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2012

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Folk traditions in the solo piano music of Geirr Tveitt

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Geirr Tveitt (1908-1981) was a central figure of the national movement in Norwegian cultural life during the 1930s. He studied composition with masters such as Arthur Honegger, Heitor Villa-Lobos, and Nadia Boulanger, achieving international acclaim for many of his works.

Geirr Tveitt (1908-1981) was a central figure of the national movement in Norwegian cultural life during the 1930s. He studied composition with masters such as Arthur Honegger, Heitor Villa-Lobos, and Nadia Boulanger, achieving international acclaim for many of his works. However, his native Norway was slow to follow this praise, as post-World War II intellectuals disregarded anything that resembled nationalism. Tveitt's music was considered obsolete. He became isolated and withdrawn and died in 1981 after a house fire destroyed the manuscripts of nearly three hundred opuses, leaving only a handful of works, some of which were not yet published. Tveitt was raised in a remote part of Norway where the folk tradition was strong. Because of his close ties with the Hardanger community, he was able to bring to light many undiscovered folk tunes and exceptional practices. Tveitt utilizes this first-hand knowledge in his works for solo piano, and successfully combines them with his roots in both Germanic and Nordic traditions, eventually becoming a well-known and respected composer to the Norwegian people. However, he remains virtually unknown to the rest of the world. All of his music was deeply influenced by folk traditions and instruments. Techniques such as planing, drones, modal scales and passages, ornamentation, and simple melodies are pervasive in each piece, and are often the building blocks of main themes and motives. Because of the ambiguity of the status of many works, this paper examines only his published works for solo piano. Discussions of each piece will focus on folk influences within each work, including basic form, texture, and pianistic concerns.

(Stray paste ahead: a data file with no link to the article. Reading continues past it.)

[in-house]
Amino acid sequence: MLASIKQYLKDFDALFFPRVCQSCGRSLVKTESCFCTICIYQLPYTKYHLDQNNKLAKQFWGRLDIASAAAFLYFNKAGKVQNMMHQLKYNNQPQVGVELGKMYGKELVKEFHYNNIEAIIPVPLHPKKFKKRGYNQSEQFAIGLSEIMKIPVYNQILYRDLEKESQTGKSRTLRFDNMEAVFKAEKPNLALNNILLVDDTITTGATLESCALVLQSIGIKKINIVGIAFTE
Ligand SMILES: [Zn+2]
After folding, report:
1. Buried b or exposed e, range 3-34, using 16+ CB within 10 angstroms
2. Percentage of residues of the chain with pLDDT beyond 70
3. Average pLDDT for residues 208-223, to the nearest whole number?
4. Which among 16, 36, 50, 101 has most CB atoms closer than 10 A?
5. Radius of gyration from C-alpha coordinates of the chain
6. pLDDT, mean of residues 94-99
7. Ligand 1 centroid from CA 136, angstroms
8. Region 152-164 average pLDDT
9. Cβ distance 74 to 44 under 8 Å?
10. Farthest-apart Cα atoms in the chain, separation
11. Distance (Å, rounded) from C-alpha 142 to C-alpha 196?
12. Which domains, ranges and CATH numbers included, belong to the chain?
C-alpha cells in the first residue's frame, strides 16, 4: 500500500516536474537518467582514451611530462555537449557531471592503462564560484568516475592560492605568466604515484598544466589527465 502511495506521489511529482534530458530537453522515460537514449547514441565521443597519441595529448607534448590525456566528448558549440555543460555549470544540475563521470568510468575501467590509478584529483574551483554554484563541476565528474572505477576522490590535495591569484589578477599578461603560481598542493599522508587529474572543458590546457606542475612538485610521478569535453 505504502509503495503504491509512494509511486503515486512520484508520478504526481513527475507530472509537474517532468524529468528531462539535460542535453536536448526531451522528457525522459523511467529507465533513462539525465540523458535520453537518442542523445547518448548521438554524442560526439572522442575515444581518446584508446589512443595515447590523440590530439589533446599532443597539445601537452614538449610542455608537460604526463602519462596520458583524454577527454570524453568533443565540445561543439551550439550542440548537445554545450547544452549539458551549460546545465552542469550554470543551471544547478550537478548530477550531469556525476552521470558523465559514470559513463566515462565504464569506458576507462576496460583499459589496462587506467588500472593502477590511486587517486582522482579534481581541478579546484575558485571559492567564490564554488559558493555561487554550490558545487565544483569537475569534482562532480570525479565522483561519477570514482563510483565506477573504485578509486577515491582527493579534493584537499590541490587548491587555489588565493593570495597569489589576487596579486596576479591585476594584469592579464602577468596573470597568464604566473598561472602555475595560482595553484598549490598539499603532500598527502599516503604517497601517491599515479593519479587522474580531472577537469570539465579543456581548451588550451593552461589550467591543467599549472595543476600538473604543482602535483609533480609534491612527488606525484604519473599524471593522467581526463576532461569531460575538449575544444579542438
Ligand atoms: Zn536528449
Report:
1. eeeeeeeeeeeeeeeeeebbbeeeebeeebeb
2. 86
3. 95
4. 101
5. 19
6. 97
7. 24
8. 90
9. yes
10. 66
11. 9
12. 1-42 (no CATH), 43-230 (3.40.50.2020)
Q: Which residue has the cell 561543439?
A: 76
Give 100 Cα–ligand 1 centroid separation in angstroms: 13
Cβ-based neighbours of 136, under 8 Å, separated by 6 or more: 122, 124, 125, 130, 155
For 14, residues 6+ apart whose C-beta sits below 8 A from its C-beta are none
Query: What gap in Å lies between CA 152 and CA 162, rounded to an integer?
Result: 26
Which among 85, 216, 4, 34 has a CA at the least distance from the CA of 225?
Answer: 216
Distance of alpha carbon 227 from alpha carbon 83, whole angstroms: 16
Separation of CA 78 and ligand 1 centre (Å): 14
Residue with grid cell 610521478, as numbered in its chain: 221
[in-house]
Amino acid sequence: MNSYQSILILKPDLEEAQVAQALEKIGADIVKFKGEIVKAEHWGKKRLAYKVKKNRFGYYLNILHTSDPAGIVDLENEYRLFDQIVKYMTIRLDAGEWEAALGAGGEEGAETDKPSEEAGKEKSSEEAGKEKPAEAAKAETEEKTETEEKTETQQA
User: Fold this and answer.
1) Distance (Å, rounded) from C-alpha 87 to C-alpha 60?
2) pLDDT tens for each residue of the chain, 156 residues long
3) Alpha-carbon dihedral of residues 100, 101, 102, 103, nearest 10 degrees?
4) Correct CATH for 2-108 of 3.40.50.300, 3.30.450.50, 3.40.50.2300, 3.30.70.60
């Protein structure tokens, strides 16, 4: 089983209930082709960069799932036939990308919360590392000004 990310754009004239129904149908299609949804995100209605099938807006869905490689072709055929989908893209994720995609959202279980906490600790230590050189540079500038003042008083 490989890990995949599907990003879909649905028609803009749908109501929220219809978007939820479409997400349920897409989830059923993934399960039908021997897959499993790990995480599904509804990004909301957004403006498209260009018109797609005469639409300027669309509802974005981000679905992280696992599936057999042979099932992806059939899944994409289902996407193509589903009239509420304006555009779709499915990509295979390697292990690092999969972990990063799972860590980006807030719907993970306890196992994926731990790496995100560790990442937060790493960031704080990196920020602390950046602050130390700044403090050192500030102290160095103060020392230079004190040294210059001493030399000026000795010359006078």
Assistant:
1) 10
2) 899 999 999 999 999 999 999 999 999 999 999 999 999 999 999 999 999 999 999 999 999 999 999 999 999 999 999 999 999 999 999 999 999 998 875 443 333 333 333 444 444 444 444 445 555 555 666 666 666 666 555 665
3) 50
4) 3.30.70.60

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2014